Most people think of substances abusers as adults, but alcoholism and drug addiction affect men and women of all ages, ethnicities, and regardless of socioeconomic background. In fact, many people who suffer or have suffered from addiction report that they first began to experiment with mind-altering substances during their adolescent and teens years. At such a young age, it’s dangerously easy to develop a substance abuse habit, especially when there’s little preventing youths from getting carried away.
Although substance abusers tend to be secretive, there are, in fact, a number of signs that indicate when someone has an alcohol or drug problem. However, the signs of substance abuse are different when the substance abuser is a teen. It’s important for the parents of teens to be aware of the many signs of a teenage substance abuse problem so that they can get their teens help before the experimentation becomes an addiction.
Signs Your Teen Is Abusing Drugs
- Sudden Change in Sleep Habits
Some of the first changes that occur to a person who’s developing a substance abuse problem at any age are changes in behavior and daily routine. Especially among youths who have substance abuse problems, the development of a substance abuse problem throws off the pattern of daily life, which translates into altered sleep habits. Depending on the substance or substances that’s being abused, a teen might begin sleep much less than he or she had been, or he or she might be sleeping much more than before. Whether it’s more or less, parents will surely notice that the teen’s sleeping habits are very different from what they were previously.
- Sudden Change in Appetite and Eating Habits
In addition to a change in sleep habits, teens who are developing substance abuse problems will also exhibit a major change in their appetite. Again, it will depend on the type of substance that’s being abused whether the teen is eating a lot more or much less than he or she was eating previously. Moreover, the change in eating habits will inevitably cause either weight loss or weight gain, further differentiating the teen from the person they had been before alcohol and drugs.
- Emotionally Withdrawn and Secretive
A very common side effect of having a substance abuse problem is a tendency to become emotionally withdrawn, especially from loved ones. However, this emotional distance escalates to secrecy with the teen seeming as though he or she has something to hide. For a teen, much of the secrecy is due to knowing that his or her parents wouldn’t approve of alcohol or drug use, resulting in the teen keeping his or her activities a secret. This also serves to protect them from potential punishments since parents could make it difficult for teens to continue with their substance abuse behaviors.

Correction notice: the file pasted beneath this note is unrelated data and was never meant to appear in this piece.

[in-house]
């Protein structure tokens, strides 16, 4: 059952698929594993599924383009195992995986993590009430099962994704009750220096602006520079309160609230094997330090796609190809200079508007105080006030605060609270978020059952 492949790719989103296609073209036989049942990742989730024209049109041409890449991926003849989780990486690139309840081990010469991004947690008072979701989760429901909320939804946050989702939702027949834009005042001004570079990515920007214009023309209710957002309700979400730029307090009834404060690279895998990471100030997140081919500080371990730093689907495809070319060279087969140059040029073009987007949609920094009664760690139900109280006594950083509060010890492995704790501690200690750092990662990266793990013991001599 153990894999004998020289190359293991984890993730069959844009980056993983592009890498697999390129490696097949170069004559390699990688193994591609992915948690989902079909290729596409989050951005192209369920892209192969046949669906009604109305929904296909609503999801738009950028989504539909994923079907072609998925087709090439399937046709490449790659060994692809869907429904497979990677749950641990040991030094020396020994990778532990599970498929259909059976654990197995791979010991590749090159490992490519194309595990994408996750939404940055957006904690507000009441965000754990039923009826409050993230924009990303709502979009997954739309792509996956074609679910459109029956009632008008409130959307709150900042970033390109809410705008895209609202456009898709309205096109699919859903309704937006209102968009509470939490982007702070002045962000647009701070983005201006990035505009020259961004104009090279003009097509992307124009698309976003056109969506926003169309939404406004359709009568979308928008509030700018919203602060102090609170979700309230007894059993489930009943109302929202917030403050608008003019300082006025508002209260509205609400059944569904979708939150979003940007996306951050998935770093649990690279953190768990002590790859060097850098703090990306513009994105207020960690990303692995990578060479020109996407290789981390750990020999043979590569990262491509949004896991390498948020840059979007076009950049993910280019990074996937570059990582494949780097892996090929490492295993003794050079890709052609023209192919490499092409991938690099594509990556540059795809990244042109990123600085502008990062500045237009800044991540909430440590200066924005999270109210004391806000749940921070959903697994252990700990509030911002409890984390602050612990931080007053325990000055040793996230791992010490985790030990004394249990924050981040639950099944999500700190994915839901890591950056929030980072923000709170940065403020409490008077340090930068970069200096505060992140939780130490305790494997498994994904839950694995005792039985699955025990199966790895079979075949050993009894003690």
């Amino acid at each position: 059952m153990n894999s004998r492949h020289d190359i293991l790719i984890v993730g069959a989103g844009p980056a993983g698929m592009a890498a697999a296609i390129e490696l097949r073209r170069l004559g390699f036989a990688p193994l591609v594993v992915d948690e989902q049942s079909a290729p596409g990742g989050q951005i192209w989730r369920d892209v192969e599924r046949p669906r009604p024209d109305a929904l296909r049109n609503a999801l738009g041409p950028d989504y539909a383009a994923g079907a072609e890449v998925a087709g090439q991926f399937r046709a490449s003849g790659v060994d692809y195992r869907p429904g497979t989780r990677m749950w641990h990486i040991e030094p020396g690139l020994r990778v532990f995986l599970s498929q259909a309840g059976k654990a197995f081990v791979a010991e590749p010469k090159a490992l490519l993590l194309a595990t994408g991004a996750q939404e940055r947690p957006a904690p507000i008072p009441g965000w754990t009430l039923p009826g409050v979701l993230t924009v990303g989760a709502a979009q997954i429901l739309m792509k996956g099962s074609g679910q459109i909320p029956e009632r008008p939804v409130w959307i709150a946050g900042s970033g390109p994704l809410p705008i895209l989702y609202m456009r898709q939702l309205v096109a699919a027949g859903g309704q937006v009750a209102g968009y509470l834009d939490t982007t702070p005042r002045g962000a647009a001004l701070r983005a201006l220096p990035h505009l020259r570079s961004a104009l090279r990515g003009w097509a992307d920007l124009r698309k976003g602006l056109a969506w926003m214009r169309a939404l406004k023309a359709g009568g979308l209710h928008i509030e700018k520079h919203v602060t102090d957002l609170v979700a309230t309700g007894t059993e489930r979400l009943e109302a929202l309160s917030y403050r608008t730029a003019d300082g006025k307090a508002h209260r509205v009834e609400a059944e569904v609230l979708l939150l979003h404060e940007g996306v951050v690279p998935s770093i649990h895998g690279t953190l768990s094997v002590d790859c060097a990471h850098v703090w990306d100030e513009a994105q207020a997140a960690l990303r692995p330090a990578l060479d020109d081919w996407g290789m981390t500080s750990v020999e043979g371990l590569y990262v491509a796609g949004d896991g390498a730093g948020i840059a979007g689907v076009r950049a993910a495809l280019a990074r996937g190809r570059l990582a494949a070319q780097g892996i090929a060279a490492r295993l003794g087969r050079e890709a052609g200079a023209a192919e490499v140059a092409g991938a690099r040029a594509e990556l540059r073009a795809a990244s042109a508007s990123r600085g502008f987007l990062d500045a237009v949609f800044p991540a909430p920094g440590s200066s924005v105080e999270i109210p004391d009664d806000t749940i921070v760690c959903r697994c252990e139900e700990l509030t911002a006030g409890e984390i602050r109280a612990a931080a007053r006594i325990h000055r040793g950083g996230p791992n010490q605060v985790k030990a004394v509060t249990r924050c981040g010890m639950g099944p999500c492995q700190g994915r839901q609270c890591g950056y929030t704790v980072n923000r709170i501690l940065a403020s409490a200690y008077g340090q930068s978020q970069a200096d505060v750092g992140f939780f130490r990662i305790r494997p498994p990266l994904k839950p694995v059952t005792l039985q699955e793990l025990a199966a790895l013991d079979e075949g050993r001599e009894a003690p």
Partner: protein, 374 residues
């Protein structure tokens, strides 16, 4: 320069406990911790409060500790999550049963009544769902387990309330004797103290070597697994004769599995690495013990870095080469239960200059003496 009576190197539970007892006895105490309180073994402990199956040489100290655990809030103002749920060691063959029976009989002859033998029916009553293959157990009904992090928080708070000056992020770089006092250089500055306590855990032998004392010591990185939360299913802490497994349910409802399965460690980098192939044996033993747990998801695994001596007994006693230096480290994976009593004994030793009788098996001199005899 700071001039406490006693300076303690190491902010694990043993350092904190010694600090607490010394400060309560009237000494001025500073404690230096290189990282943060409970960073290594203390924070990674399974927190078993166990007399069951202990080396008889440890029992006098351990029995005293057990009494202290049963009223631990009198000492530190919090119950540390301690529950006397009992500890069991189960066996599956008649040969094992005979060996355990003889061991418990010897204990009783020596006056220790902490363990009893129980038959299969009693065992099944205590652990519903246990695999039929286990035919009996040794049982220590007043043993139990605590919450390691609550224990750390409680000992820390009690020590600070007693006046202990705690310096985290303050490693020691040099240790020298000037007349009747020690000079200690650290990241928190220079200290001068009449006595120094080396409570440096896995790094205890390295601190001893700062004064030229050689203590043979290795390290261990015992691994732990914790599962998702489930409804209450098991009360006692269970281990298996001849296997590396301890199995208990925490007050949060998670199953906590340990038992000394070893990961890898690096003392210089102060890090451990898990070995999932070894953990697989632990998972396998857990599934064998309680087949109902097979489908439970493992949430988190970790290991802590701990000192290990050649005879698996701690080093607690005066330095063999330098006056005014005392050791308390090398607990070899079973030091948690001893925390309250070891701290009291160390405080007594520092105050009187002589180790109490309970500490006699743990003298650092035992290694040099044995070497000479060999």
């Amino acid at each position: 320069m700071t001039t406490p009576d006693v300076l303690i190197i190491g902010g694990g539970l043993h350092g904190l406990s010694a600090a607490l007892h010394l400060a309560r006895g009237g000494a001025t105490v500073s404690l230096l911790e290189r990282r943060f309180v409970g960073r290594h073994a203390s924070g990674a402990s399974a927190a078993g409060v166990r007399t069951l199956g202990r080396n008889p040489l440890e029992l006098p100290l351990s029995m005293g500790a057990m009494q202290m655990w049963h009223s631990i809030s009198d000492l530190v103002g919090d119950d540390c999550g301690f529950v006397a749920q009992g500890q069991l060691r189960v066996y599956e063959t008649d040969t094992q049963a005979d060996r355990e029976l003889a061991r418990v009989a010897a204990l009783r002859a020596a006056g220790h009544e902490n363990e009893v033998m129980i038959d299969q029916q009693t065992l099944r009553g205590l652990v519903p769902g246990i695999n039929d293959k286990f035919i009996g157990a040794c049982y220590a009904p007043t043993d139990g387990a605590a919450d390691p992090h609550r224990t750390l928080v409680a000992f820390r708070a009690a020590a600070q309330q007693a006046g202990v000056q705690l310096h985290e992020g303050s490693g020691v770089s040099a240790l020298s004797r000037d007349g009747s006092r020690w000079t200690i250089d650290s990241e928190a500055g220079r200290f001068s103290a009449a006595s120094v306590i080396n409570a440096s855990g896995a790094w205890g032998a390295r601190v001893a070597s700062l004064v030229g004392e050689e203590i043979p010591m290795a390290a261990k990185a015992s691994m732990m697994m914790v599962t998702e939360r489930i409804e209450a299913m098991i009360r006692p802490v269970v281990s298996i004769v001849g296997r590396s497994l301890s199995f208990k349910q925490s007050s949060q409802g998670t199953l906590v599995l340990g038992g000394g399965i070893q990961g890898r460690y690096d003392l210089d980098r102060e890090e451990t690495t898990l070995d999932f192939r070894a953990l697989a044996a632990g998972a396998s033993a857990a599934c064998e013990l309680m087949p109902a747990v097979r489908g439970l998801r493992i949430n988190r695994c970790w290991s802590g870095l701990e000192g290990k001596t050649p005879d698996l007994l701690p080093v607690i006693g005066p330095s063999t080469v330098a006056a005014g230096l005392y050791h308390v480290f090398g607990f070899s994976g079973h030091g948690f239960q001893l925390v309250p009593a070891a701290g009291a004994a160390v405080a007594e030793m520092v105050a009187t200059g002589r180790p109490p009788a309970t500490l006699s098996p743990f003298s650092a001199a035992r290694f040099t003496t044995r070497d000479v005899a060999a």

- Decline in School Performance
It’s virtually impossible to have a substance abuse habit without the habit having a negative effect on one’s performance in relatively intensive activities. For a teen, this means that his or her school performance will decline significantly as a result of the frequent substance abuse. In particular, the teen completes less and less homework, spends less and less time studying, and may even begin skipping school to go get drunk or high with friends.
- Socializing With a Different Group of Peers
Speaking of friends, when a teen develops a substance abuse problem, he or she usually begins to socialize with an entirely different peer group. The reason for this change is typically because the old friends weren’t substance abusers while the new friends are fellow substance abusers. By trading sober friends for fellow substance abusers, a teen effectively has accomplices who are able to help with procuring the substances of their abuse.
- Other Family Members Missing Money or Valuables
When a member of a family develops an alcohol or drug problem, one of the most frequent signs that families report experiencing is having money frequently go missing. There’s a stereotype of teens in which they’re expected to snag a few dollars from a parent every once in a great while, but a teen with a substance abuse problem will likely take money from family members anytime the chance presents itself. If the substance abuse problem progresses, this could eventually include having valuables — jewelry, family heirlooms, expensive tools, collectible items, electronics, and so on — go missing, which occurs when the substance abuser is trading the valuables for the money needed to obtain more alcohol or drugs.